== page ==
But even though the Catholics and the Jews compose the court the other side of the coin is that these justices come overwhelmingly from Harvard and Yale so, in a sense, the currently degraded form of Protestantism does have a kind of stealth (or not so stealth) influence after all.

    In sum I’d say that Catholics via the Jesuits share a host of traits with Jews when it comes to serious intellectual study and currently simply produce minds more suited to law than the silly Protestants of today.

  5. Artfldgr Says:

    Like small j Jews, there are a lot of small c Catholics

    a small P protestant would be a secular person and not bother to relate to something they don’t practice.

    also small J and small C tend to oppose what they are or claim to be… they tend to be J or C in name only as being an Atheist gets them nowhere…

    they are pragmatically religious so as to play the people better.

  6. LAG Says:

    Has an argument ever been put forward that the Court ought or ought not look like America? It seems pretty clear to me that it looks nothing like the country as a whole, but I can’t tell if that’s necessarily a good thing or not. Congress doesn’t look much like America either, and we can see how that’s worked out. But the Court has a different function. Thoughts?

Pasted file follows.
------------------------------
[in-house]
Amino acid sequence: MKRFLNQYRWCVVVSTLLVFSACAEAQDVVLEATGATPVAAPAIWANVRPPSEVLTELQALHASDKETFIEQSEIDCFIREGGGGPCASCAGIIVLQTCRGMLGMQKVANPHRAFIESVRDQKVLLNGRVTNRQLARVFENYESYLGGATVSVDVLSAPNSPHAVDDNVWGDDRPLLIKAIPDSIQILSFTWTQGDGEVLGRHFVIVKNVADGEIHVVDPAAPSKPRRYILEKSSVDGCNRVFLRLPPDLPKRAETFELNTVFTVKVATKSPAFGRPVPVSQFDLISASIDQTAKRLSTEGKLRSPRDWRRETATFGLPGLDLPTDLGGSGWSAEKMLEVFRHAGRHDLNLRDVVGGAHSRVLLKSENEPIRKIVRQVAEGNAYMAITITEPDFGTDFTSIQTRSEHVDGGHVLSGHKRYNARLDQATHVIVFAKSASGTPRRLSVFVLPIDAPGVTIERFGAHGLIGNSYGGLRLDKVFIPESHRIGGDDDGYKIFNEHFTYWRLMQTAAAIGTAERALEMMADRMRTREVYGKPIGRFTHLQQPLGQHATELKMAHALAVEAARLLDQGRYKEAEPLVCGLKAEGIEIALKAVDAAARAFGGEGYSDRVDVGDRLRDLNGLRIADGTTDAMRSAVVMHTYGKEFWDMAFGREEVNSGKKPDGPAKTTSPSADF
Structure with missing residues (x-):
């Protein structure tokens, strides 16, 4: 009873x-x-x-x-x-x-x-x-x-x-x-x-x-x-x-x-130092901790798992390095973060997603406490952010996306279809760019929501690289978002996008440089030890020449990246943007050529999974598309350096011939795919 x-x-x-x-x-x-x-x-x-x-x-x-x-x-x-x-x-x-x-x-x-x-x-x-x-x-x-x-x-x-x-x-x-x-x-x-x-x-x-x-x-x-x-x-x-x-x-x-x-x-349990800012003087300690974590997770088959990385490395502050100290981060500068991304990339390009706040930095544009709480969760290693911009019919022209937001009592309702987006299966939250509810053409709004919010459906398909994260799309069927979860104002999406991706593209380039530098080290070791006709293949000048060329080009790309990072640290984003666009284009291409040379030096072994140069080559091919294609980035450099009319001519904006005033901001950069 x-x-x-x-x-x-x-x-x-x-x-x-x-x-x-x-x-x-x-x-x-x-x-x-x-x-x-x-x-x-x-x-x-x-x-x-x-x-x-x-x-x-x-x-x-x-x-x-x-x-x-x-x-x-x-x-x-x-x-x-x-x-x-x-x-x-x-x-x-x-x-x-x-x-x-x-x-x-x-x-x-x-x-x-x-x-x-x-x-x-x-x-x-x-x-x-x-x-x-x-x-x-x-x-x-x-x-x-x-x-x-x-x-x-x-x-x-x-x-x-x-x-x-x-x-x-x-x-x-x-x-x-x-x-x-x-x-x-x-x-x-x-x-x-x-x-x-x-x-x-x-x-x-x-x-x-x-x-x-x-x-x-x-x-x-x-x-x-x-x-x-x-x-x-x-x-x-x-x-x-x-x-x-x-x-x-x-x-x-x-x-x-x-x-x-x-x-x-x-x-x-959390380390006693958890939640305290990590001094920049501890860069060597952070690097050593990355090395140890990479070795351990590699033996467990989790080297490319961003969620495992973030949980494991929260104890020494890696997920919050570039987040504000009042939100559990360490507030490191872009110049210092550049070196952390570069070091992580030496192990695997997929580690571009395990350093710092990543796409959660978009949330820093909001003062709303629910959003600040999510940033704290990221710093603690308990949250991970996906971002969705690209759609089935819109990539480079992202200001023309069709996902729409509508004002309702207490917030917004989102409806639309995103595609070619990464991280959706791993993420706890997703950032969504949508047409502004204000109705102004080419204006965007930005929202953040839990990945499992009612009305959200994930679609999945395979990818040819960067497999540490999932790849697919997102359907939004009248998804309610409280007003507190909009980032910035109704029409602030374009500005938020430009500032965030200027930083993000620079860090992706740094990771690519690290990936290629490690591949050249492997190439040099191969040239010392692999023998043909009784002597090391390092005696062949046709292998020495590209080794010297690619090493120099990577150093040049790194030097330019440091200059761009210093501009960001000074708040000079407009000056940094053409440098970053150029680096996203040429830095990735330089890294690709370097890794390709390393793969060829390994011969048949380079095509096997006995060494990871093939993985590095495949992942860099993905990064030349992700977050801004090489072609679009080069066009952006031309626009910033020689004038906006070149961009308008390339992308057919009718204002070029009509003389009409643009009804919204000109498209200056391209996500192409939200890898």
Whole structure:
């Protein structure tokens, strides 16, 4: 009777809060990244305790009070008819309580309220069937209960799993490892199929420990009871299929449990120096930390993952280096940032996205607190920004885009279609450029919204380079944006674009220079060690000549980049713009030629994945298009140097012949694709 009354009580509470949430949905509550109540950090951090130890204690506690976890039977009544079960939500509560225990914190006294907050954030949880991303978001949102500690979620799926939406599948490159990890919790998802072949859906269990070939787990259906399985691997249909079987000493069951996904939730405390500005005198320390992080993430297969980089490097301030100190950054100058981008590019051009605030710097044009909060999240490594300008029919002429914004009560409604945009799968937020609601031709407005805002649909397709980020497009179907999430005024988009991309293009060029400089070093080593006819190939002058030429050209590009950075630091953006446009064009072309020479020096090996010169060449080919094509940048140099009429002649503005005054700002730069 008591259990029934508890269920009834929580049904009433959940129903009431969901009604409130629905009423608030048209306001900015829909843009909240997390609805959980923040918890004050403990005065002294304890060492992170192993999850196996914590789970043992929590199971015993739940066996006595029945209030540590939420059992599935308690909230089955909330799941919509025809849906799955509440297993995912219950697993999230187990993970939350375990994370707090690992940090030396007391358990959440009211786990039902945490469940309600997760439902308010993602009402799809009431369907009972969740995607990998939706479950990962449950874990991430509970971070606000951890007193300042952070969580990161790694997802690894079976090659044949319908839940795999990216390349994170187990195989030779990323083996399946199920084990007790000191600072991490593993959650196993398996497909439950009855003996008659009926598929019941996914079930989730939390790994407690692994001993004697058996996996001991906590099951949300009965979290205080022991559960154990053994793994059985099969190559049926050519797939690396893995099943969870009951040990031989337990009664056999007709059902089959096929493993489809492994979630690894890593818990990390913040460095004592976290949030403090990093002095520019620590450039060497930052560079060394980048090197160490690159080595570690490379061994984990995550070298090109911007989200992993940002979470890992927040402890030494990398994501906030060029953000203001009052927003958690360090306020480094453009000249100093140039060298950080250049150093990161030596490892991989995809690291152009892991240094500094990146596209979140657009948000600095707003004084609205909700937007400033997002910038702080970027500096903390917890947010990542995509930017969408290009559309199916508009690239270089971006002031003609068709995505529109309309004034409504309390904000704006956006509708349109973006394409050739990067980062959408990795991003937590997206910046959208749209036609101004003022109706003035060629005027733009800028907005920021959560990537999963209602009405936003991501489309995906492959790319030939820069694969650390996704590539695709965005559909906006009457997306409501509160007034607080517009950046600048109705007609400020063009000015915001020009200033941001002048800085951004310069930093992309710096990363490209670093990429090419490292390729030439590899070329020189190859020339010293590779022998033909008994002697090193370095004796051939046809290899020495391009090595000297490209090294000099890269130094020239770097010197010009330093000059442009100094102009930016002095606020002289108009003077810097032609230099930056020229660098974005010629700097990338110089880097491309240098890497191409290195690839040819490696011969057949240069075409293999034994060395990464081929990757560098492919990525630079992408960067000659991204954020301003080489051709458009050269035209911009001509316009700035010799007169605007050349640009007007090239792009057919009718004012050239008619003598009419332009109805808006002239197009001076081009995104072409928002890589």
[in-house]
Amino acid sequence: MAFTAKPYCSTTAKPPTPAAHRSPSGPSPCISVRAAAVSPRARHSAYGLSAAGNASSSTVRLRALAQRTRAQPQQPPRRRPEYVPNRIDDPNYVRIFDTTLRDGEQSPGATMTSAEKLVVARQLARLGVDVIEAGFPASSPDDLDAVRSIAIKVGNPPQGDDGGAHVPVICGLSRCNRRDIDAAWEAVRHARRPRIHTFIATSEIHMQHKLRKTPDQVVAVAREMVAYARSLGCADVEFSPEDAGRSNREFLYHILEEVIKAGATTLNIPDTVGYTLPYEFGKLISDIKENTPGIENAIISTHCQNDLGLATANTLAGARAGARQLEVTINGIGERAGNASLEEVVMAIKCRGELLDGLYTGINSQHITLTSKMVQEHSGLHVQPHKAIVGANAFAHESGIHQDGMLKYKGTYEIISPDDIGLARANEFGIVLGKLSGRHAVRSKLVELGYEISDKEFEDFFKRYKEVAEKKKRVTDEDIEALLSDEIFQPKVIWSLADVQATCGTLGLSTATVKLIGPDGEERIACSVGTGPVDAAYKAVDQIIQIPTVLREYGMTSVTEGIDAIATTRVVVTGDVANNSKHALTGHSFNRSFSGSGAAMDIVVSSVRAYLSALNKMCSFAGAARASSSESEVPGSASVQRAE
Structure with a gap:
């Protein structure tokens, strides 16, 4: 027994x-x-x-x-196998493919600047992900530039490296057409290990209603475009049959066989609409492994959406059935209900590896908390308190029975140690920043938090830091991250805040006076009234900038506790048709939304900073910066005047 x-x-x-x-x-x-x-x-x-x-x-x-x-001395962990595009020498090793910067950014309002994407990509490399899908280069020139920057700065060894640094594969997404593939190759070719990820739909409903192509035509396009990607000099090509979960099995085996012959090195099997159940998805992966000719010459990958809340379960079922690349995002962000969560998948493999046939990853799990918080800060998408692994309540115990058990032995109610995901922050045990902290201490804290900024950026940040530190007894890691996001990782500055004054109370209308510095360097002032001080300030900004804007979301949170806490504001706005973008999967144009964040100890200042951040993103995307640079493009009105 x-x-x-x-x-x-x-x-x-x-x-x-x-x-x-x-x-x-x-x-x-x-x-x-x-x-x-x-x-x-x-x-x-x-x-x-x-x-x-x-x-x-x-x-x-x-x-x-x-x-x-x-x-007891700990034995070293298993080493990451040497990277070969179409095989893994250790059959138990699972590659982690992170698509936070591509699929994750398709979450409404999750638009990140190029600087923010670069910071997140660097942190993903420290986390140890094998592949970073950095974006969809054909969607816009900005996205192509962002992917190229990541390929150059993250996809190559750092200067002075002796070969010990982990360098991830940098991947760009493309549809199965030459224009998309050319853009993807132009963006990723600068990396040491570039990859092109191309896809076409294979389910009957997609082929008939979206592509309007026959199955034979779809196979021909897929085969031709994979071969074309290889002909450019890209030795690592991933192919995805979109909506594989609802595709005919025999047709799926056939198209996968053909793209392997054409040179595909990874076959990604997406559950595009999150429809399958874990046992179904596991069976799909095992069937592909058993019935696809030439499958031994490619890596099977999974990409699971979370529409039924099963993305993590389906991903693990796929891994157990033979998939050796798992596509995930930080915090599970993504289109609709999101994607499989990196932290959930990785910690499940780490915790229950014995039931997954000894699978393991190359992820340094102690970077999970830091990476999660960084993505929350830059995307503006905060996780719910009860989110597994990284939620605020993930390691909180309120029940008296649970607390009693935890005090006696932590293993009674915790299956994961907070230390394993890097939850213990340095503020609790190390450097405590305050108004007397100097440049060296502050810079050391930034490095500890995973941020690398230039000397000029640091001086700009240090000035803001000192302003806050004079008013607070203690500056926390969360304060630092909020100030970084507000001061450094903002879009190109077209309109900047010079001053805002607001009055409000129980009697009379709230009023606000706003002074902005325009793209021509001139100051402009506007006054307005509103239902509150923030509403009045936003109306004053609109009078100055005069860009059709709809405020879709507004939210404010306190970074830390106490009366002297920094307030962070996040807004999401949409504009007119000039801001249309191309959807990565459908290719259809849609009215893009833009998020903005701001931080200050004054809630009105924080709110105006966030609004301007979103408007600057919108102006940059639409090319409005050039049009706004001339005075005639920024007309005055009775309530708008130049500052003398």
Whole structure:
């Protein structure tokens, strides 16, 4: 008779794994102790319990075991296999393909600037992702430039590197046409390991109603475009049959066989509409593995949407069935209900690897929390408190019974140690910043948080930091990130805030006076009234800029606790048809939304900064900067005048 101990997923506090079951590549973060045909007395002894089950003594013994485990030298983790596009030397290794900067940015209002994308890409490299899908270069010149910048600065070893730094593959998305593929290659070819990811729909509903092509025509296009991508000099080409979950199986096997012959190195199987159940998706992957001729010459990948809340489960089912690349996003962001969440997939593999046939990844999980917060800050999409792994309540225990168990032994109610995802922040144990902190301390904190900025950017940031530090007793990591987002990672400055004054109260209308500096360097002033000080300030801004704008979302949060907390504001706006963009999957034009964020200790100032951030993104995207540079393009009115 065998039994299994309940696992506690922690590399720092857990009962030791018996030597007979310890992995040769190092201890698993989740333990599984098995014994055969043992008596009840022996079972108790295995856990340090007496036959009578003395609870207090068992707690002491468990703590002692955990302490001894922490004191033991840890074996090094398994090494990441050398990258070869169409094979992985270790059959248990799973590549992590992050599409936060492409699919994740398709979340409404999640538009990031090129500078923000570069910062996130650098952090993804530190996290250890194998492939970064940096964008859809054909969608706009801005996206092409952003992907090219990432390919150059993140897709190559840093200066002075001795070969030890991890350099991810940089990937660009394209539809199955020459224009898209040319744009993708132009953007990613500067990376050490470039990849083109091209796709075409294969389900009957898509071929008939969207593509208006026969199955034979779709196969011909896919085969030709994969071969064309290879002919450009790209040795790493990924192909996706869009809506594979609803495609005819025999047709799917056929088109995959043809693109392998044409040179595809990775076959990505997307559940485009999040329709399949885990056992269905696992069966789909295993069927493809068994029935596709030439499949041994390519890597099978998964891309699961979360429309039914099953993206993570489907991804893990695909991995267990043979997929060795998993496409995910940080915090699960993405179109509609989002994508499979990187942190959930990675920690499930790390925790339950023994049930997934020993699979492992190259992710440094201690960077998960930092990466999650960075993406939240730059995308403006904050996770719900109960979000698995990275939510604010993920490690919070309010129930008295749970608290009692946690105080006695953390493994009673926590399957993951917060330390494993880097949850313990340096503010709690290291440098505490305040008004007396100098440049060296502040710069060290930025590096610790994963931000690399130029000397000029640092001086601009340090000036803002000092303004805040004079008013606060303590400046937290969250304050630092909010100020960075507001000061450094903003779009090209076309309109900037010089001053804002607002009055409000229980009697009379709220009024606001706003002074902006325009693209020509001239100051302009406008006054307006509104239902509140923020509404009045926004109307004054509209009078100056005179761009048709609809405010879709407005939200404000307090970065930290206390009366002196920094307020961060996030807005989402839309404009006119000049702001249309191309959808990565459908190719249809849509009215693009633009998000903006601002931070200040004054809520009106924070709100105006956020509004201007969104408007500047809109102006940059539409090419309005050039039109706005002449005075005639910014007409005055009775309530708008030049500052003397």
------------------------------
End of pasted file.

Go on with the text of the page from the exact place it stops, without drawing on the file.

7. Curtis Says:

    The Jews and Catholics are two groups with a long enough history where a habit and practice has started to become embedded in their genetic code, ie., the Baldwin effect. Of course this applies to not the whole group but only those family lines and/or people inheriting the particular genetic code.

    Which is to say pretty much the same thing vanderleun said in his last paragraph.

  8. Perfected democrat Says:


    Speaking as one of the (apparently) 22% of Jews who didn’t vote for B.O. (and personally have nothing but contempt for the Dems, generally, these days), I would feel more comfortable with a court that reflects the authentic diversity of America; not that there need be rigid/explicit quotas, etc. But some of my best friends just happen to be, after all, WASPs …. If, following the first NY Trade Center attack, and in view of the general vitriol long emanating from the islamic world; there had been just a little more unapologetic “profiling” going on that particularly important September 10th, we would all be “getting along” a little better these days; and something about an ounce of prevention is probably never being given its due….